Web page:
12/23/2012 12:15 pm ET Updated Dec 06, 2017

Mapping the Mangroves with Tablets and Tethrs in Al Khor, Doha, Qatar

In the Spring of 2012, The Qatar Foundation International (QFI) and Conservation International (CI) partnered to launch the Mapping Mangroves project. Four Qatari high school students, along with four American and four Brazilian high schools students were selected to become Youth Ambassadors.

After participating in Rio+20 and other conferences, as well as meeting with experts and completing research projects, the Youth Ambassadors returned to their own communities to raise awareness about the environment and take action at the grassroots level.

Flash forward to the COP18 World Climate Summit in December of 2012, where the project continued to grow and incorporate innovative technology such as Tethr's wireless sensors, apps and solar powered remote Wifi station.

In Al Khor, along the coast just north of Doha, students gathered with tablet computers and waded out into the salt marsh to garner data transmitting from wireless sensors positioned in the mangroves. The students were able to capture information such as tree size, color, water levels and more to populate a database for further analysis.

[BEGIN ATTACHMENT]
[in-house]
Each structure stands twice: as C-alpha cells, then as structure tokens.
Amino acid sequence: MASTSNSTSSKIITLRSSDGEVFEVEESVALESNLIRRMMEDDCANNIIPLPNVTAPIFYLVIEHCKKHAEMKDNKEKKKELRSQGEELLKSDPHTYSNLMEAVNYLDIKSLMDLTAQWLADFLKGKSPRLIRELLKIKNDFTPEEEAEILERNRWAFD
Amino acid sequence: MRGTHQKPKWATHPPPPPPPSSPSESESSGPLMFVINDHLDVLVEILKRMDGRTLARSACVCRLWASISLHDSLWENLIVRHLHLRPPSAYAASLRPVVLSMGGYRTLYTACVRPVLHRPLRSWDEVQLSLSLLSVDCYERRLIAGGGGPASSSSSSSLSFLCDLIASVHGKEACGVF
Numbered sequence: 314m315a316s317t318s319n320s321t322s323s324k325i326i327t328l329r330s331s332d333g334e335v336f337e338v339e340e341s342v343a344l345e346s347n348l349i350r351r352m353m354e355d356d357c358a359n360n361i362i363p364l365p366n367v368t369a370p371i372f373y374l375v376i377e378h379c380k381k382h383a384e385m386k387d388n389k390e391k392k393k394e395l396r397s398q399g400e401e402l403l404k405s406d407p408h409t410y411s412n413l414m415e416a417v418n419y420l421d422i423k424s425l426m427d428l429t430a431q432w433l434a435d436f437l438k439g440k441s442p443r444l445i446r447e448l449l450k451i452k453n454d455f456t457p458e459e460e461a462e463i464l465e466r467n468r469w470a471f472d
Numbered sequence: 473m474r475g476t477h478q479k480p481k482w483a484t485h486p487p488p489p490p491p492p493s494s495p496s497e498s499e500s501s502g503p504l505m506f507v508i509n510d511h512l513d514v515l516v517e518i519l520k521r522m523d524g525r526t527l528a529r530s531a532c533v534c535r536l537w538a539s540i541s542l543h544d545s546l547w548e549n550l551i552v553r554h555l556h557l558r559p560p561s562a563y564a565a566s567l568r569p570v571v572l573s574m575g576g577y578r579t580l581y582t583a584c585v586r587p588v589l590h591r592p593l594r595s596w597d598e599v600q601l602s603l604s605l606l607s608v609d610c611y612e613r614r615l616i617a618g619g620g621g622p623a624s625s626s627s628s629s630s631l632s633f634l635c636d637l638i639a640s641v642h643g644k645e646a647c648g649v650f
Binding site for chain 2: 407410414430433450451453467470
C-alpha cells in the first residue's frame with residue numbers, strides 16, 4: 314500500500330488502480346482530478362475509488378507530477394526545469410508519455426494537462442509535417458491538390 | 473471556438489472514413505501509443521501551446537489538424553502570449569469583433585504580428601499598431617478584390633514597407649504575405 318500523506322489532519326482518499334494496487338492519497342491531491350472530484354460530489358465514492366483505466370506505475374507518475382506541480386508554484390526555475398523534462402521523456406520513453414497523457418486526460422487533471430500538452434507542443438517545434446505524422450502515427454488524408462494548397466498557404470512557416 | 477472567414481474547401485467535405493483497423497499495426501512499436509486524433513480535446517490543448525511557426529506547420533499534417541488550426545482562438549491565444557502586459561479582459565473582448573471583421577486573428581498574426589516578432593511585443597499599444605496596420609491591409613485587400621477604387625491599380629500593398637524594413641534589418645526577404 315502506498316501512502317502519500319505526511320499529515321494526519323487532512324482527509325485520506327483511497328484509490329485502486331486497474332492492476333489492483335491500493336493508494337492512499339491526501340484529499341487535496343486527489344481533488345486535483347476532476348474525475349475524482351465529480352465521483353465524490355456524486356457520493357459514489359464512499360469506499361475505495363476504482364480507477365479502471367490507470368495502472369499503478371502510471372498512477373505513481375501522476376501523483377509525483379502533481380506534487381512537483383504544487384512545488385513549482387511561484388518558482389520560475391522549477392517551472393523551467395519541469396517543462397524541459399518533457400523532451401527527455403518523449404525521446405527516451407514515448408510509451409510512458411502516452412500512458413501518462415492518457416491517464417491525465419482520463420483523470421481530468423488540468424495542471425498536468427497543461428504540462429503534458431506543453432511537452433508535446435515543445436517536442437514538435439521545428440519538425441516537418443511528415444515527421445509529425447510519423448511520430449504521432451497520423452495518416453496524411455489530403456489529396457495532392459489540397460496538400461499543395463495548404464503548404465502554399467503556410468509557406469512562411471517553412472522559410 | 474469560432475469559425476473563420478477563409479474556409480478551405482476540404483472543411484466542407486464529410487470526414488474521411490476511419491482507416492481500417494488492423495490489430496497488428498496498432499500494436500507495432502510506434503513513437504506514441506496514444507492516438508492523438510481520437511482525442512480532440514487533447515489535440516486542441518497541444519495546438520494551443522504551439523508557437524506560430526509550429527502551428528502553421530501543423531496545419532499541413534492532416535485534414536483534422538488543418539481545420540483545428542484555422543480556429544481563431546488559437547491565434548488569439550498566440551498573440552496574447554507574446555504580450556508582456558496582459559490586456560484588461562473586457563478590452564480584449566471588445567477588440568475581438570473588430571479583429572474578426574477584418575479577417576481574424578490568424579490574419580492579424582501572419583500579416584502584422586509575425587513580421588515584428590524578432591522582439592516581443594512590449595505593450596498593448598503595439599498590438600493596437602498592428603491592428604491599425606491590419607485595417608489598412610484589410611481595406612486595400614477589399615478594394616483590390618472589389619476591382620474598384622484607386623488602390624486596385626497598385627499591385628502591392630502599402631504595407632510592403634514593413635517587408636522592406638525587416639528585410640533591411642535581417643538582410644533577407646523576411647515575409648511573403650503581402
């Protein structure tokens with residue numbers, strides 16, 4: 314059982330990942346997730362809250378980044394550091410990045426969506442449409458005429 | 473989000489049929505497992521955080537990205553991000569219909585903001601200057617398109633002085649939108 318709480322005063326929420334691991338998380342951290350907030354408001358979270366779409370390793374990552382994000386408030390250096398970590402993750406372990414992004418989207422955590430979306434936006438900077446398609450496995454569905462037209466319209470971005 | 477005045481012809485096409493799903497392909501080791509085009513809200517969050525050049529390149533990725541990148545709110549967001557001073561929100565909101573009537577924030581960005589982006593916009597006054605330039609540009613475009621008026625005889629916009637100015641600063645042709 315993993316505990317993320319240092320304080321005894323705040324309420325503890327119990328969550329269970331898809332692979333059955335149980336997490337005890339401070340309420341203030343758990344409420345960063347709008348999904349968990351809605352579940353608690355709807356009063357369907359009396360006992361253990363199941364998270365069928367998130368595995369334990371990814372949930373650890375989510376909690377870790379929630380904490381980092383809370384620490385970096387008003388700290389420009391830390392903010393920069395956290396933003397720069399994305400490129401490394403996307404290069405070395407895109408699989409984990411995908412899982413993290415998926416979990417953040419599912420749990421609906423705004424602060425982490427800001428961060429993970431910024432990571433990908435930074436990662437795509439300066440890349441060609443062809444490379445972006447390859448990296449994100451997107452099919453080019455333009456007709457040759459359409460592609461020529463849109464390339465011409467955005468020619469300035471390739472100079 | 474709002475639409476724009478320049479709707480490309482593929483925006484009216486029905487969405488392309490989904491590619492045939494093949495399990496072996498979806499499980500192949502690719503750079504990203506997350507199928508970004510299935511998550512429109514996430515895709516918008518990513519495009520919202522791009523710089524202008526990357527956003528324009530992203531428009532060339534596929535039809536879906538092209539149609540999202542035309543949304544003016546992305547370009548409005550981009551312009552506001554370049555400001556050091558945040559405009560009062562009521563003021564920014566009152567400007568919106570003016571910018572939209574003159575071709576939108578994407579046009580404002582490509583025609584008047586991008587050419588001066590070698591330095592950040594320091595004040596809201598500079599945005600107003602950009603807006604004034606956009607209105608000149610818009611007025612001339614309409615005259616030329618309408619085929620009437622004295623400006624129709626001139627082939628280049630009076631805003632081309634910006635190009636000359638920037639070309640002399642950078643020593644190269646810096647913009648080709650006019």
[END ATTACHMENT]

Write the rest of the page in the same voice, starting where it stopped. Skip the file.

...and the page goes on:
Awareness of the mangrove decline, their role in the environment and the importance of conserving the existing forests has been a consistent theme at the COP18 World Climate Summit.

"We are truly honored to work with the Qatar Foundation International and Conservation International. The sheer amount of talent that has gathered here in Doha is amazing. It is truly inspiring to see so many people working together, sharing data and leveraging technology to gain insight into the global challenge of carbon emissions," observed Stephen Hanley, CEO, Tethr.